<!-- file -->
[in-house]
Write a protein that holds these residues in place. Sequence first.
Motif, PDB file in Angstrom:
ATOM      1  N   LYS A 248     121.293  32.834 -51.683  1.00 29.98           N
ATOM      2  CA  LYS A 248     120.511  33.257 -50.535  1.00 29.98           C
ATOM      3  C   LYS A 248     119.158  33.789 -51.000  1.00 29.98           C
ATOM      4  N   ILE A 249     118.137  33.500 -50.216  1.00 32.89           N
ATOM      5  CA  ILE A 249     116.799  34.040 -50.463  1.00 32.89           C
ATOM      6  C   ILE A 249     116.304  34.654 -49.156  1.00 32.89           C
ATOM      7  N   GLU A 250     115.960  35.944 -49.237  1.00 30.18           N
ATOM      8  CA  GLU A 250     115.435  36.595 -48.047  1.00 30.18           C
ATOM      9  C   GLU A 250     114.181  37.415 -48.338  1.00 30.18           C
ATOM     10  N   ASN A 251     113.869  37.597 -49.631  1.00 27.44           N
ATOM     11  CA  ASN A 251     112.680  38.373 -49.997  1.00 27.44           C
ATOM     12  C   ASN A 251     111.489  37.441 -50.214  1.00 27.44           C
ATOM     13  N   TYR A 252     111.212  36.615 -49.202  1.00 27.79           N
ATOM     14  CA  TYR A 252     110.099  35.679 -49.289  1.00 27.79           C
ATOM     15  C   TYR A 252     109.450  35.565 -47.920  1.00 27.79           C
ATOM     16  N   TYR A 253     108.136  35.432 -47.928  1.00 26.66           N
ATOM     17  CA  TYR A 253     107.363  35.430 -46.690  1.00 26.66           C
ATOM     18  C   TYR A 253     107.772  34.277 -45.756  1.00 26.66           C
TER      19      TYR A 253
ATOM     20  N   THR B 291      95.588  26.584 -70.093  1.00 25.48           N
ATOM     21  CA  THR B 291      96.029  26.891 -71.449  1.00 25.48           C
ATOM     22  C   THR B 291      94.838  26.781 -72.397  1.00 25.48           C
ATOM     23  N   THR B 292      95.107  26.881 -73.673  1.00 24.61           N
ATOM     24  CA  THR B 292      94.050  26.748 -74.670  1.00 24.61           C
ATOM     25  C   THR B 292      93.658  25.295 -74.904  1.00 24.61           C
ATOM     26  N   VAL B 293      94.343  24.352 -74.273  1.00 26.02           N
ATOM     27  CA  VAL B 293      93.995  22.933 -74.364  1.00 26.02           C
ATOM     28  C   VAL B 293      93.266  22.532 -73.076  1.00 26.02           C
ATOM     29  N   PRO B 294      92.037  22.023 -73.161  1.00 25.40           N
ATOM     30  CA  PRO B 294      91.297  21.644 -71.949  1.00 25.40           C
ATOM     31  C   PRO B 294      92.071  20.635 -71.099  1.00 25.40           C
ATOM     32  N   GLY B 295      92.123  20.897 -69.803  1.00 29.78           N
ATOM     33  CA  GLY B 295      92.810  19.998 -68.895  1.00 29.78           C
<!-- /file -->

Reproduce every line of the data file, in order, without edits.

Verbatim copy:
[in-house]
Write a protein that holds these residues in place. Sequence first.
Motif, PDB file in Angstrom:
ATOM      1  N   LYS A 248     121.293  32.834 -51.683  1.00 29.98           N
ATOM      2  CA  LYS A 248     120.511  33.257 -50.535  1.00 29.98           C
ATOM      3  C   LYS A 248     119.158  33.789 -51.000  1.00 29.98           C
ATOM      4  N   ILE A 249     118.137  33.500 -50.216  1.00 32.89           N
ATOM      5  CA  ILE A 249     116.799  34.040 -50.463  1.00 32.89           C
ATOM      6  C   ILE A 249     116.304  34.654 -49.156  1.00 32.89           C
ATOM      7  N   GLU A 250     115.960  35.944 -49.237  1.00 30.18           N
ATOM      8  CA  GLU A 250     115.435  36.595 -48.047  1.00 30.18           C
ATOM      9  C   GLU A 250     114.181  37.415 -48.338  1.00 30.18           C
ATOM     10  N   ASN A 251     113.869  37.597 -49.631  1.00 27.44           N
ATOM     11  CA  ASN A 251     112.680  38.373 -49.997  1.00 27.44           C
ATOM     12  C   ASN A 251     111.489  37.441 -50.214  1.00 27.44           C
ATOM     13  N   TYR A 252     111.212  36.615 -49.202  1.00 27.79           N
ATOM     14  CA  TYR A 252     110.099  35.679 -49.289  1.00 27.79           C
ATOM     15  C   TYR A 252     109.450  35.565 -47.920  1.00 27.79           C
ATOM     16  N   TYR A 253     108.136  35.432 -47.928  1.00 26.66           N
ATOM     17  CA  TYR A 253     107.363  35.430 -46.690  1.00 26.66           C
ATOM     18  C   TYR A 253     107.772  34.277 -45.756  1.00 26.66           C
TER      19      TYR A 253
ATOM     20  N   THR B 291      95.588  26.584 -70.093  1.00 25.48           N
ATOM     21  CA  THR B 291      96.029  26.891 -71.449  1.00 25.48           C
ATOM     22  C   THR B 291      94.838  26.781 -72.397  1.00 25.48           C
ATOM     23  N   THR B 292      95.107  26.881 -73.673  1.00 24.61           N
ATOM     24  CA  THR B 292      94.050  26.748 -74.670  1.00 24.61           C
ATOM     25  C   THR B 292      93.658  25.295 -74.904  1.00 24.61           C
ATOM     26  N   VAL B 293      94.343  24.352 -74.273  1.00 26.02           N
ATOM     27  CA  VAL B 293      93.995  22.933 -74.364  1.00 26.02           C
ATOM     28  C   VAL B 293      93.266  22.532 -73.076  1.00 26.02           C
ATOM     29  N   PRO B 294      92.037  22.023 -73.161  1.00 25.40           N
ATOM     30  CA  PRO B 294      91.297  21.644 -71.949  1.00 25.40           C
ATOM     31  C   PRO B 294      92.071  20.635 -71.099  1.00 25.40           C
ATOM     32  N   GLY B 295      92.123  20.897 -69.803  1.00 29.78           N
ATOM     33  CA  GLY B 295      92.810  19.998 -68.895  1.00 29.78           C